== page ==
President Herbert Hoover signed the document, and the tradition spread throughout the major sporting events. Now, it’s hard to imagine a baseball game without the national anthem!
Army Pvt. Jacob Parrott was only 19 when a civilian spy and contraband smuggler proposed a daring plan, asking for volunteers: A small group of men was to sneak across Confederate lines, steal a train, and then use it as a mobile base to destroy Confederate supply and communications lines while the Union Army advanced on Chattanooga.
It was for this raid that the Army would first award a newly authorized medal, the Medal of Honor. Jacob Parrott received the very first one.
The military and political situation in April, 1862, was bad for the Union. European capitals were considering recognizing the Confederacy as its own state, and the Democrats were putting together a campaign platform for the 1862 mid-terms that would turn them into a referendum on the war.
Meanwhile, many in the country thought that the Army was losing too many troops for too little ground.
It was against this backdrop that Union Gen. Ormsby Mitchel heard James J. Andrews’ proposal to ease Mitchel’s campaign against Chattanooga with a train raid. Mitchel approved the mission and Andrews slipped through Confederate lines with his volunteers on April 7, 1862.
An illustration for The Penn publishing company depicting the theft of the “General” locomotive by Andrews’ Raiders.
(Illustration by William Pittenger, Library of Congress)
The men made their way to the rail station at Chattanooga and rode from there to Marietta, Georgia, a city in the northern part of the state. En route, two men were arrested. Another two overslept on the morning of April 12 and missed the move from Marietta to Big Shanty, a small depot.
Big Shanty was chosen for the site of the train hijacking because it lacked a telegraph station with which to relay news of the theft. The theory was that, as long as the raiders stayed ahead of anyone from Big Shanty, they could continue cutting wires and destroying track all the way to Chattanooga without being caught.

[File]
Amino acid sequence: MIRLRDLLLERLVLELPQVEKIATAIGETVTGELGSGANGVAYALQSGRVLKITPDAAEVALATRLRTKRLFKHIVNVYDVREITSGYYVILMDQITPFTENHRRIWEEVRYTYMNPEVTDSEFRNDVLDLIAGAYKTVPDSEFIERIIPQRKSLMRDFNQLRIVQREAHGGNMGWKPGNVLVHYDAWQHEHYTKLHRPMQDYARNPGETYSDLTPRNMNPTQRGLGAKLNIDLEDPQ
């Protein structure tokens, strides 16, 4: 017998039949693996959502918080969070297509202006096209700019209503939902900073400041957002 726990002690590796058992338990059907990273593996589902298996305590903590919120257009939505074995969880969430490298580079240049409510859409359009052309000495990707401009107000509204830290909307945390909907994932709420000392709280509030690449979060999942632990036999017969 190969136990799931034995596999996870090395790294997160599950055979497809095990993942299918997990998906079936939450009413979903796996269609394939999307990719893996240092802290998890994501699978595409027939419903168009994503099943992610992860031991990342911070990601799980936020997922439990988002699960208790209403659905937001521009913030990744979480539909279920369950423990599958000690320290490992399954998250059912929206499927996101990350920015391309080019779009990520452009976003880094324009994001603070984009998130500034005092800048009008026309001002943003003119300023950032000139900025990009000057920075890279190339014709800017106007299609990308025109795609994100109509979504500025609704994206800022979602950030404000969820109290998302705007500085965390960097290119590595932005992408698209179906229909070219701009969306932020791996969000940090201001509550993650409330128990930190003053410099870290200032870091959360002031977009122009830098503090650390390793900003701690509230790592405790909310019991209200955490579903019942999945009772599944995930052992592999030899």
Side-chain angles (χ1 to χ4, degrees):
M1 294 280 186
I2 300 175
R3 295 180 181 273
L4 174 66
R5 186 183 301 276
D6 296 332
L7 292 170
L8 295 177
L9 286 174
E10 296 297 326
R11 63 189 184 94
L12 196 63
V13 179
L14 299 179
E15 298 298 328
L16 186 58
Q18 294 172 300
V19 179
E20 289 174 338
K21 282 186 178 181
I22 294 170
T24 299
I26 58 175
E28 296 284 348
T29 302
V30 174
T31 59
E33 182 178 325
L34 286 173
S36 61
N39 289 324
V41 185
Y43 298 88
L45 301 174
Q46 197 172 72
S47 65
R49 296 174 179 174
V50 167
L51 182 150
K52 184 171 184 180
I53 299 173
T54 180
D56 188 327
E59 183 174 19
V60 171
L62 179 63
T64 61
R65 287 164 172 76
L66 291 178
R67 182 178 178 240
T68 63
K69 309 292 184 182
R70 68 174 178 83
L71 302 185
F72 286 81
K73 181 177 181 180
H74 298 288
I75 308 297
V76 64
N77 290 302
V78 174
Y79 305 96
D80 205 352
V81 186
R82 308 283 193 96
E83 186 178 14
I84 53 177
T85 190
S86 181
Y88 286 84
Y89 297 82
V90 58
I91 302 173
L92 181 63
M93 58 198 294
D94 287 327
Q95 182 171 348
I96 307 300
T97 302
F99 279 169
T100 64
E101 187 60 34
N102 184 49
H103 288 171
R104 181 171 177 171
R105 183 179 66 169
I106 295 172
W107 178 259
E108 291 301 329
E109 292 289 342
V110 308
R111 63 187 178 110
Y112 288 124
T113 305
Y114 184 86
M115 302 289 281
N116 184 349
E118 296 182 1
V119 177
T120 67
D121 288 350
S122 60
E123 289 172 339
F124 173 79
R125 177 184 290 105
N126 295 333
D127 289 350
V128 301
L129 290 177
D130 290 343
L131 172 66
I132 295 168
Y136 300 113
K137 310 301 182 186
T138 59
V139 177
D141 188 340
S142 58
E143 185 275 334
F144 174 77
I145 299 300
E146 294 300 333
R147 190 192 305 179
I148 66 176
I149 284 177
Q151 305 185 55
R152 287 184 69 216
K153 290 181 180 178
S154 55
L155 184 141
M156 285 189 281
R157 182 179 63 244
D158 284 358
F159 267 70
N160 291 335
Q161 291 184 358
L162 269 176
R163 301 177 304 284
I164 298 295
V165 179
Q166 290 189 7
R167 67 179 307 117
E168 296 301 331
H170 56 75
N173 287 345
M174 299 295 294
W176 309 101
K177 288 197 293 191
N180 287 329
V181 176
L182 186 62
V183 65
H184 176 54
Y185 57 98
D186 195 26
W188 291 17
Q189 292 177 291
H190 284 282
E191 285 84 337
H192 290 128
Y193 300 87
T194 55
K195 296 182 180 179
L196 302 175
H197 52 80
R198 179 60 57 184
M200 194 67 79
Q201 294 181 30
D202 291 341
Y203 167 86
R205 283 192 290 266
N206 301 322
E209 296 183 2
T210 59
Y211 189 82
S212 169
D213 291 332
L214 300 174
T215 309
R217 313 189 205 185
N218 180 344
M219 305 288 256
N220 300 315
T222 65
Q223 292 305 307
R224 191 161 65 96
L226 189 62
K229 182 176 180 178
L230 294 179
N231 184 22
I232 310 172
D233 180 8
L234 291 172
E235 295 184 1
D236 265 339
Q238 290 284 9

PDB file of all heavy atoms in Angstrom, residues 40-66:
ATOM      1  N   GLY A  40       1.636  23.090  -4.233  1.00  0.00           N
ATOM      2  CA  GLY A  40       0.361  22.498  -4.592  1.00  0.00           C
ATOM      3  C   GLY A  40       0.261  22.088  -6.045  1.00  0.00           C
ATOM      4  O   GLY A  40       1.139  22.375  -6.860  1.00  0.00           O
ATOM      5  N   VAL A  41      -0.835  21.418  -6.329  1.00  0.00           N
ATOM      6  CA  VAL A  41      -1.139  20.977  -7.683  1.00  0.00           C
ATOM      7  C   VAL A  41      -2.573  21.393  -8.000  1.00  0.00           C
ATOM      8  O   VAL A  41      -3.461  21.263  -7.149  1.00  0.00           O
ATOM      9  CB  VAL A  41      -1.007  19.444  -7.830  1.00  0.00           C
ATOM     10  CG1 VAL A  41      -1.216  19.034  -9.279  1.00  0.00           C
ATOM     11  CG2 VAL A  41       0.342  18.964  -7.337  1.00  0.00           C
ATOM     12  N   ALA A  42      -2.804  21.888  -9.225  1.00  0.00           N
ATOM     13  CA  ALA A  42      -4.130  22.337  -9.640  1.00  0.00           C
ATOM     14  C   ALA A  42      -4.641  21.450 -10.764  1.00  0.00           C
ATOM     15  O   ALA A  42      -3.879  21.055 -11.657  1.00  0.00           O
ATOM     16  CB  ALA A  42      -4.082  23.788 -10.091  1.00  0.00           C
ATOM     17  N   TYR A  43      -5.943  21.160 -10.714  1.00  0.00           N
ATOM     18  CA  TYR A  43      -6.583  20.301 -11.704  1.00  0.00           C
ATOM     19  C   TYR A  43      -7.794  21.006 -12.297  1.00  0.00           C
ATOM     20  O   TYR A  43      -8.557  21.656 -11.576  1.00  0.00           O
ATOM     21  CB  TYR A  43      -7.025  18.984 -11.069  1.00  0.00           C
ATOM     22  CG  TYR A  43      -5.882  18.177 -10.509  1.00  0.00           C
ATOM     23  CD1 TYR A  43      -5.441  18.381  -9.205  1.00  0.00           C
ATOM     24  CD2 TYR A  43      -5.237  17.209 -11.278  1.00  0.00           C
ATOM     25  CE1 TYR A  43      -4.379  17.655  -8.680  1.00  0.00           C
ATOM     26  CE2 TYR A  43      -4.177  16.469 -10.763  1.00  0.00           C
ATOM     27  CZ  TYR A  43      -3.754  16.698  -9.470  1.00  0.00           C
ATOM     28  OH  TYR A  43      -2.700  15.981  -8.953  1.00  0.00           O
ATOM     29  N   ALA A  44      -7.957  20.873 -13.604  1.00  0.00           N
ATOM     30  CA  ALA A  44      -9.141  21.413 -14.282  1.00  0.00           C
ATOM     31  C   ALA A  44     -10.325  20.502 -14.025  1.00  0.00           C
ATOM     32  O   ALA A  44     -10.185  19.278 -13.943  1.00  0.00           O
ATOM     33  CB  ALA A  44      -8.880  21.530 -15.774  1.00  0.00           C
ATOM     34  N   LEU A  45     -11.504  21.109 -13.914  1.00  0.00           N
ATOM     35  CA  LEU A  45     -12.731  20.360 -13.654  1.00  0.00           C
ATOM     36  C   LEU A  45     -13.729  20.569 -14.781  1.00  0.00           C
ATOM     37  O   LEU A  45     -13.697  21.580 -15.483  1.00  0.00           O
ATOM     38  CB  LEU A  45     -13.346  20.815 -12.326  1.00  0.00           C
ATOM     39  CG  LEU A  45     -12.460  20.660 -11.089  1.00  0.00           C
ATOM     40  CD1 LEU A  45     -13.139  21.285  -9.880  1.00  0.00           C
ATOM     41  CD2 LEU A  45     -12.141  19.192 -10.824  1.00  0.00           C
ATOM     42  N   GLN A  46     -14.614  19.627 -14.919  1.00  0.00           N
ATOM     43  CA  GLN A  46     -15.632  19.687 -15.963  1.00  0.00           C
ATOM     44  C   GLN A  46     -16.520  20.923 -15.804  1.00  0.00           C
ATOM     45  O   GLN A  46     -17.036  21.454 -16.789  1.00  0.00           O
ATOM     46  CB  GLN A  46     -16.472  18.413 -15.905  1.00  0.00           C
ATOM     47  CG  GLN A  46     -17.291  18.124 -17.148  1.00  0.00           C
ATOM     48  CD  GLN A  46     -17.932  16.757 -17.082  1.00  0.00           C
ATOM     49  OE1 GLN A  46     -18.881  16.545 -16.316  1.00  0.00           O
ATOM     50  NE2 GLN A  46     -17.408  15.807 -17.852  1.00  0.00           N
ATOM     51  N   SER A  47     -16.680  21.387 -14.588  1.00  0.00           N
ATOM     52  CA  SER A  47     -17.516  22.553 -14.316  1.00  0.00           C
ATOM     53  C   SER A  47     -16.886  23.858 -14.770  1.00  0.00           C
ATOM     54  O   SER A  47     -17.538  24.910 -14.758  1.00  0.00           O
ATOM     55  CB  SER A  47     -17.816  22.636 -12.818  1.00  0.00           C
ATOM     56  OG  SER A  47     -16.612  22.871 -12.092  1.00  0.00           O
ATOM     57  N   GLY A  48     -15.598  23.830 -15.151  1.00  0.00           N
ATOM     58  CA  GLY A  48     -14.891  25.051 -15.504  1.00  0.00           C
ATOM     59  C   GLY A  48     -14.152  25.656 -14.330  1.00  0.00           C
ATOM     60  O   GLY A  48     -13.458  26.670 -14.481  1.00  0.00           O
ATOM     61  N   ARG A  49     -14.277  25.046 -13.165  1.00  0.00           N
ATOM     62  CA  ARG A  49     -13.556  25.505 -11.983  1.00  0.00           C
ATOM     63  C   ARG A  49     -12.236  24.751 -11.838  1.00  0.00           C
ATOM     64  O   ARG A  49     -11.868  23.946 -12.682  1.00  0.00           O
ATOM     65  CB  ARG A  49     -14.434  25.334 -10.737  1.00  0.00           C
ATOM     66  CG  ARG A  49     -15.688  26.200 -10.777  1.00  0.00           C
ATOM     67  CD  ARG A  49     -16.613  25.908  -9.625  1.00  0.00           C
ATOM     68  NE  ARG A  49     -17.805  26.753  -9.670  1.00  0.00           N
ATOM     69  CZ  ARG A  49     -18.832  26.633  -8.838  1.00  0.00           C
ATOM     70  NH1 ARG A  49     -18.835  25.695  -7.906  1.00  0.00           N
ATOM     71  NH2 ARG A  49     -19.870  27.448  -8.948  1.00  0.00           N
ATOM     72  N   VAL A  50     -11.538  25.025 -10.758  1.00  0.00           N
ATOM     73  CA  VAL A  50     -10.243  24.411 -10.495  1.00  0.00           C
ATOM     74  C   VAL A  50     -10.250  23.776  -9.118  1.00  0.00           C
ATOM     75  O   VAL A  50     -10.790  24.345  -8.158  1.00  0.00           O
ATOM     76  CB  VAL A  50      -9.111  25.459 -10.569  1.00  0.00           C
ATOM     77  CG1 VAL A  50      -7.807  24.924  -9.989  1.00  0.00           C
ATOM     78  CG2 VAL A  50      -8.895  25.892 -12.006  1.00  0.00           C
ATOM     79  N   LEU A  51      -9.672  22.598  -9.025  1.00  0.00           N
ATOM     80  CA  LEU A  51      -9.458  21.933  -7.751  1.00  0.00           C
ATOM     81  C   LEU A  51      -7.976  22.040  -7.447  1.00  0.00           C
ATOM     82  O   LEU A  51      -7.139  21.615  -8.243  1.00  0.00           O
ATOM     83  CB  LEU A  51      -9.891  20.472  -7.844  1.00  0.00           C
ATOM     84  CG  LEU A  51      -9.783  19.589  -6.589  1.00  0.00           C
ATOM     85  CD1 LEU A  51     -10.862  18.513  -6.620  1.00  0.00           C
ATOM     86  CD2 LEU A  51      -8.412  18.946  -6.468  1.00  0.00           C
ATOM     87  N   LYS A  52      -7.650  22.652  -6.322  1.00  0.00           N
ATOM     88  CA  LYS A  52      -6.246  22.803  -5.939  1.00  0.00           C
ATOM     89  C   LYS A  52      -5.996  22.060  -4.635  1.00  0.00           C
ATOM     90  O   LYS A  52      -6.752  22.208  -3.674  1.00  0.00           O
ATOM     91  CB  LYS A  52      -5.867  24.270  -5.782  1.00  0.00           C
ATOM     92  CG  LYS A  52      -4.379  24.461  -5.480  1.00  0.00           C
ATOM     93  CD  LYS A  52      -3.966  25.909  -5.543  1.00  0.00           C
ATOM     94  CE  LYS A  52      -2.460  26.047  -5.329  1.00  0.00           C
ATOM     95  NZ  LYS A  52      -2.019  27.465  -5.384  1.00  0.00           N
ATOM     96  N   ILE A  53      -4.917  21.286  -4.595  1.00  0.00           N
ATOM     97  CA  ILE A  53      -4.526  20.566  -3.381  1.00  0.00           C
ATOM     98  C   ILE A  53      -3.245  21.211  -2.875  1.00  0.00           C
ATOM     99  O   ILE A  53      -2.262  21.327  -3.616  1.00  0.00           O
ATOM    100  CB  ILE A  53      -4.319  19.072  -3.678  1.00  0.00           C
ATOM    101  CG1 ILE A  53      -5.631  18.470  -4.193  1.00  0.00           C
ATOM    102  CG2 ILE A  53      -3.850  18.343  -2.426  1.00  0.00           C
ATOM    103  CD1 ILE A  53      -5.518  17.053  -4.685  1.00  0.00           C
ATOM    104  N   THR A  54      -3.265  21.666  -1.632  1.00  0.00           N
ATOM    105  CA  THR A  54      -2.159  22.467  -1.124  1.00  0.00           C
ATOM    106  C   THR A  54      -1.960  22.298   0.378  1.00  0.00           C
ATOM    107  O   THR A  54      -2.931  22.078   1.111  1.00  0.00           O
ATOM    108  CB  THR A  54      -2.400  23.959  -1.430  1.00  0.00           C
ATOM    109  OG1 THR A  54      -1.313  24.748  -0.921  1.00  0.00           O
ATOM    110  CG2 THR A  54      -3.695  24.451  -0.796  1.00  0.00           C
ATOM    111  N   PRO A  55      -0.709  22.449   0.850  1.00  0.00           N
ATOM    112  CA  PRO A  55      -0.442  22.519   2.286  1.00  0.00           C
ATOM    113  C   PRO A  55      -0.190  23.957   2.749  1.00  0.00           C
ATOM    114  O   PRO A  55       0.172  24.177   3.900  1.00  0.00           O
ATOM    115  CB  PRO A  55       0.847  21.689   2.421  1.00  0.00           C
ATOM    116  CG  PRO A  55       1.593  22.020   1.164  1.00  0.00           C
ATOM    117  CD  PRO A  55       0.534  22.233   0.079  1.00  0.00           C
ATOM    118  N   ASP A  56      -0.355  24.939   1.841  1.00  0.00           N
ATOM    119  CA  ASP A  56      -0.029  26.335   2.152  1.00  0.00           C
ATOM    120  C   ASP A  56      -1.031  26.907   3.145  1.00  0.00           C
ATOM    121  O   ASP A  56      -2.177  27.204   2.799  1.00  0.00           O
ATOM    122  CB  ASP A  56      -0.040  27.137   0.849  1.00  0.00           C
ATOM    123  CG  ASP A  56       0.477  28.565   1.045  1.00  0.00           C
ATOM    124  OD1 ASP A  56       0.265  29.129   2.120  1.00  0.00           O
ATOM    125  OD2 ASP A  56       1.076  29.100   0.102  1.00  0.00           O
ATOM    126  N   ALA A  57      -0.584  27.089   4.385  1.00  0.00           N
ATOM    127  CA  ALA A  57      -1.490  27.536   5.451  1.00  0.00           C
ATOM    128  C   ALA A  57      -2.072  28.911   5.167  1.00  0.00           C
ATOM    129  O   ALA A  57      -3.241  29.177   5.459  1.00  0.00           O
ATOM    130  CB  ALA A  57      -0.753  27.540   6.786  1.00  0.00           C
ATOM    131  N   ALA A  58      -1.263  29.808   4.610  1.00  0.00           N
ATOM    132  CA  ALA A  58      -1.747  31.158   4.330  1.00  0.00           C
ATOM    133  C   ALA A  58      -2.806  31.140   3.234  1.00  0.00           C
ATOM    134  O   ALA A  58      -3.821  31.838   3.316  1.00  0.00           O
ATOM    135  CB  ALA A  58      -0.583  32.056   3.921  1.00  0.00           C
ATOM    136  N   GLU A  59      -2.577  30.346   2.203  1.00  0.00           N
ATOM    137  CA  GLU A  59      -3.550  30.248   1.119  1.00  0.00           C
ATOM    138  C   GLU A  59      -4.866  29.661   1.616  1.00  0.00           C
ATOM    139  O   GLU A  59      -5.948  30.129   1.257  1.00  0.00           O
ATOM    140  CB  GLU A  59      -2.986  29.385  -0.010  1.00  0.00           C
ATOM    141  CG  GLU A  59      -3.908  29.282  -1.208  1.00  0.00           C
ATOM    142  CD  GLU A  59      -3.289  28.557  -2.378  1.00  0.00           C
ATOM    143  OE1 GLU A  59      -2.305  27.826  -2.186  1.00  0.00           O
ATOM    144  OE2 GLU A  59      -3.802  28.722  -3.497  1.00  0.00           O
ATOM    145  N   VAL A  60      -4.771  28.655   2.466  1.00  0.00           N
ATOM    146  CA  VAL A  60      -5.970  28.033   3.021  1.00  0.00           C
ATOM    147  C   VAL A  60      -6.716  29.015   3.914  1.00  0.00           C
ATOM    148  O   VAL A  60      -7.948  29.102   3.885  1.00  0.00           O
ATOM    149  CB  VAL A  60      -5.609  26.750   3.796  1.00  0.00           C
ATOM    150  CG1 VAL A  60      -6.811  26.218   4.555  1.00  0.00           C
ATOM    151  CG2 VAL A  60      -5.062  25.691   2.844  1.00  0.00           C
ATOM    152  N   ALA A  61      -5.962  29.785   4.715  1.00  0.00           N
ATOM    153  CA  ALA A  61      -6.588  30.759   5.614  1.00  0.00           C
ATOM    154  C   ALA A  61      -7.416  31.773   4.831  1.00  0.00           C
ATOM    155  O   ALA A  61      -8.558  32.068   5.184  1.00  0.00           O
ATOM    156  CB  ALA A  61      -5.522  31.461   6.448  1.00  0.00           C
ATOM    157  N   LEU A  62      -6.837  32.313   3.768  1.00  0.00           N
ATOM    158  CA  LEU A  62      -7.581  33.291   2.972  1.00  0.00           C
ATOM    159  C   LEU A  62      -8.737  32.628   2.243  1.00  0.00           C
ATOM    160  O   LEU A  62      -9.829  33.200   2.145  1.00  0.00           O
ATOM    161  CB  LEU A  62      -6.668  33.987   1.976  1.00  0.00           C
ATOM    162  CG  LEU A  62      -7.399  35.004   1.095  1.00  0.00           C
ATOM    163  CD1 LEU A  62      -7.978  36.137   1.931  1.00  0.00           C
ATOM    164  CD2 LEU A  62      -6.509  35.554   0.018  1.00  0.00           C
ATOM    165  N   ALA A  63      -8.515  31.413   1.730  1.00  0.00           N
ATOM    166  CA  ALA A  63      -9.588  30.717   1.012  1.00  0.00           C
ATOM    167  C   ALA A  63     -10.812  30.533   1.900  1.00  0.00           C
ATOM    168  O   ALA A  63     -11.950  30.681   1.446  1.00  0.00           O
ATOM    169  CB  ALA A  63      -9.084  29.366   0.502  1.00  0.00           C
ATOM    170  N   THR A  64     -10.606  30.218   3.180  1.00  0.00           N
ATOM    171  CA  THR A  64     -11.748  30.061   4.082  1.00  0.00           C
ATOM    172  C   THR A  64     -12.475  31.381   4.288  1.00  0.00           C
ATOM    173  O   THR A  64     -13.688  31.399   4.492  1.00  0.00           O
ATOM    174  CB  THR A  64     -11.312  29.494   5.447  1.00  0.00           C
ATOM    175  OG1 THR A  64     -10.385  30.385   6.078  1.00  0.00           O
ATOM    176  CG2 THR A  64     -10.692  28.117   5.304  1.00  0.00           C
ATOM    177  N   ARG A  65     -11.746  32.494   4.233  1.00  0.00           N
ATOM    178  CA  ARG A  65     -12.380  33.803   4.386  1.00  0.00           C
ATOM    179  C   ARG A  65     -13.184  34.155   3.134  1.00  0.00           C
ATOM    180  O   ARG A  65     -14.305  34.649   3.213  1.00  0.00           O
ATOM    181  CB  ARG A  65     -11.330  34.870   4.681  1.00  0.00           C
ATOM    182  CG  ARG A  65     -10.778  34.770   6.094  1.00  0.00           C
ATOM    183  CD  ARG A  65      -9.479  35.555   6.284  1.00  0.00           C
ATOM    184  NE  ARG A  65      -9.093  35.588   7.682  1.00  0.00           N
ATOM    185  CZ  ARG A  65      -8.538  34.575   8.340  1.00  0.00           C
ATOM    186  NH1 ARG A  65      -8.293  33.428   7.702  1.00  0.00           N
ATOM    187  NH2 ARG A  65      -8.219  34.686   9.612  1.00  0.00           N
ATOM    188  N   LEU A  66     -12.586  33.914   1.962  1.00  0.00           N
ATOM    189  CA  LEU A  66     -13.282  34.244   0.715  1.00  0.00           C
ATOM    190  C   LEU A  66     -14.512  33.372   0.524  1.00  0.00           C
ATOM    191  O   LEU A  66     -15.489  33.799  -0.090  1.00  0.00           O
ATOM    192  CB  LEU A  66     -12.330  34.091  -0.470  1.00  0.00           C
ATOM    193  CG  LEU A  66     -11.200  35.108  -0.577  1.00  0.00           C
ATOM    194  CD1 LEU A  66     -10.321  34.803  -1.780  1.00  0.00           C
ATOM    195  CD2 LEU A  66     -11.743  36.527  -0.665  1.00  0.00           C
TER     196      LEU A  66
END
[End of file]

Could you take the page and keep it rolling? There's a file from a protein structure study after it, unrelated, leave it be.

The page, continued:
This led to “The General” running out of steam just a little later. The Raiders had achieved some success, but had failed to properly destroy any bridges, and the damage to the telegraph wires and tracks proved relatively quick to repair.
Mitchel, meanwhile, had decided to move only on Huntsville that day and delayed his advance on Chattanooga. All damage from the raid would be repaired before it could make a strategic difference.
An illustration for The Penn publishing company depicting the Ohio tribute to Andrews’ Raiders.
(Illustration by William Pittenger, Library of Congress)
The Raiders, though, attempted to flee the stopped train but were quickly rounded up. Eight of them, including Andrews, were executed as spies in Atlanta. Many of the others, including Parrott, were subjected to some level of physical mistreatment, but were left alive.
“The General” went on an odd tour after the war, serving as a rallying symbol for both Union and Confederate sympathizers. “The General” was displayed at the Ohio Monument to the Andrews’ Raiders in 1891. The following year, it was sent to Chattanooga for the reunion of the Army of the Cumberland.
In 1962, it reprised its most famous moments in a reenactment of the raid to commemorate the centennial of the Medal of Honor. It now sits in the Southern Museum of Civil War Locomotive History in Kennesaw, Georgia, the same spot from which it was stolen and the chase began.
Actor John Krasinski has been on a steady five-year come up. Even before acclaim was heaped onto both his acting and directorial performance in the 2017 horror movie A Quiet Place, Krasinski had successfully stepped out of the shadow of his more awkward and decidedly less muscular role as Jim Harper on The Office. Give him props, you can only count on one hand how many actors left The Office and convincingly did something that wasn’t comedic. Now Krasinski is doubling down on his newly badass vibes in the first trailer for his new show Jack Ryan where he plays the titular character.
Jack Ryan is set to debut on Amazon Prime and is yet another take on the character from author Tom Clancy’s classic spy novels. Though the character of Jack Ryan has been played by a bunch of actors— Chris Pine in Jack Ryan: Shadow Recruit; Ben Affleck in The Sum of All Fears; Alec Baldwin in The Hunt For Red October, and most notably Harrison Ford in Clear and Present Danger and Patriot Games— no one but Ford has ever mustered a performance that was compelling enough to warrant more than one shot at playing Ryan. Krasinski though, he might have what it takes.